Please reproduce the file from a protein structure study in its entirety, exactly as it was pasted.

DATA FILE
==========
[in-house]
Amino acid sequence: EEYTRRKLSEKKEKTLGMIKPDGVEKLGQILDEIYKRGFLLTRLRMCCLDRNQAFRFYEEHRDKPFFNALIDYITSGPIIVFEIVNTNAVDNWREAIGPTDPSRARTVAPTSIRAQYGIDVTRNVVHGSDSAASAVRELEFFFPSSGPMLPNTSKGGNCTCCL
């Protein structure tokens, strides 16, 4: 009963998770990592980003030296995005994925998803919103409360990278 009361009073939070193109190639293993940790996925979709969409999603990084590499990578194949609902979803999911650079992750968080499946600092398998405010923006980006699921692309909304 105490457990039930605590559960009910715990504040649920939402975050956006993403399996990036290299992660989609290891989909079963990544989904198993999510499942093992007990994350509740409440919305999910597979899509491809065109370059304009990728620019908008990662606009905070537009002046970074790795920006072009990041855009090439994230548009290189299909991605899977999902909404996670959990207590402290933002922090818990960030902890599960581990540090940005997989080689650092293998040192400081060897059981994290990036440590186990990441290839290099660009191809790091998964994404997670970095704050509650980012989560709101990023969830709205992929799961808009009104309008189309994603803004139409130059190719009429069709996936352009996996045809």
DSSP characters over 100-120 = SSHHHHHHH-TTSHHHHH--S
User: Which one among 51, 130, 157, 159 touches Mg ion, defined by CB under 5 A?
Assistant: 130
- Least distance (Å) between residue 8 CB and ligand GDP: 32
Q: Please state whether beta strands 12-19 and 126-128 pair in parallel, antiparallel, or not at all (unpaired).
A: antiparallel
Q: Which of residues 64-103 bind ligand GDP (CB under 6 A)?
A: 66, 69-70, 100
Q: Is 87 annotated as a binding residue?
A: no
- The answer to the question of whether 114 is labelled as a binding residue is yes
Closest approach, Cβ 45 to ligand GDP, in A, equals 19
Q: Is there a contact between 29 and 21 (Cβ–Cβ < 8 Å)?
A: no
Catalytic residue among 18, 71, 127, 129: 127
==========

[in-house]
Amino acid sequence: EEYTRRKLSEKKEKTLGMIKPDGVEKLGQILDEIYKRGFLLTRLRMCCLDRNQAFRFYEEHRDKPFFNALIDYITSGPIIVFEIVNTNAVDNWREAIGPTDPSRARTVAPTSIRAQYGIDVTRNVVHGSDSAASAVRELEFFFPSSGPMLPNTSKGGNCTCCL
């Protein structure tokens, strides 16, 4: 009963998770990592980003030296995005994925998803919103409360990278 009361009073939070193109190639293993940790996925979709969409999603990084590499990578194949609902979803999911650079992750968080499946600092398998405010923006980006699921692309909304 105490457990039930605590559960009910715990504040649920939402975050956006993403399996990036290299992660989609290891989909079963990544989904198993999510499942093992007990994350509740409440919305999910597979899509491809065109370059304009990728620019908008990662606009905070537009002046970074790795920006072009990041855009090439994230548009290189299909991605899977999902909404996670959990207590402290933002922090818990960030902890599960581990540090940005997989080689650092293998040192400081060897059981994290990036440590186990990441290839290099660009191809790091998964994404997670970095704050509650980012989560709101990023969830709205992929799961808009009104309008189309994603803004139409130059190719009429069709996936352009996996045809």
DSSP characters over 100-120 = SSHHHHHHH-TTSHHHHH--S
User: Which one among 51, 130, 157, 159 touches Mg ion, defined by CB under 5 A?
Assistant: 130
- Least distance (Å) between residue 8 CB and ligand GDP: 32
Q: Please state whether beta strands 12-19 and 126-128 pair in parallel, antiparallel, or not at all (unpaired).
A: antiparallel
Q: Which of residues 64-103 bind ligand GDP (CB under 6 A)?
A: 66, 69-70, 100
Q: Is 87 annotated as a binding residue?
A: no
- The answer to the question of whether 114 is labelled as a binding residue is yes
Closest approach, Cβ 45 to ligand GDP, in A, equals 19
Q: Is there a contact between 29 and 21 (Cβ–Cβ < 8 Å)?
A: no
Catalytic residue among 18, 71, 127, 129: 127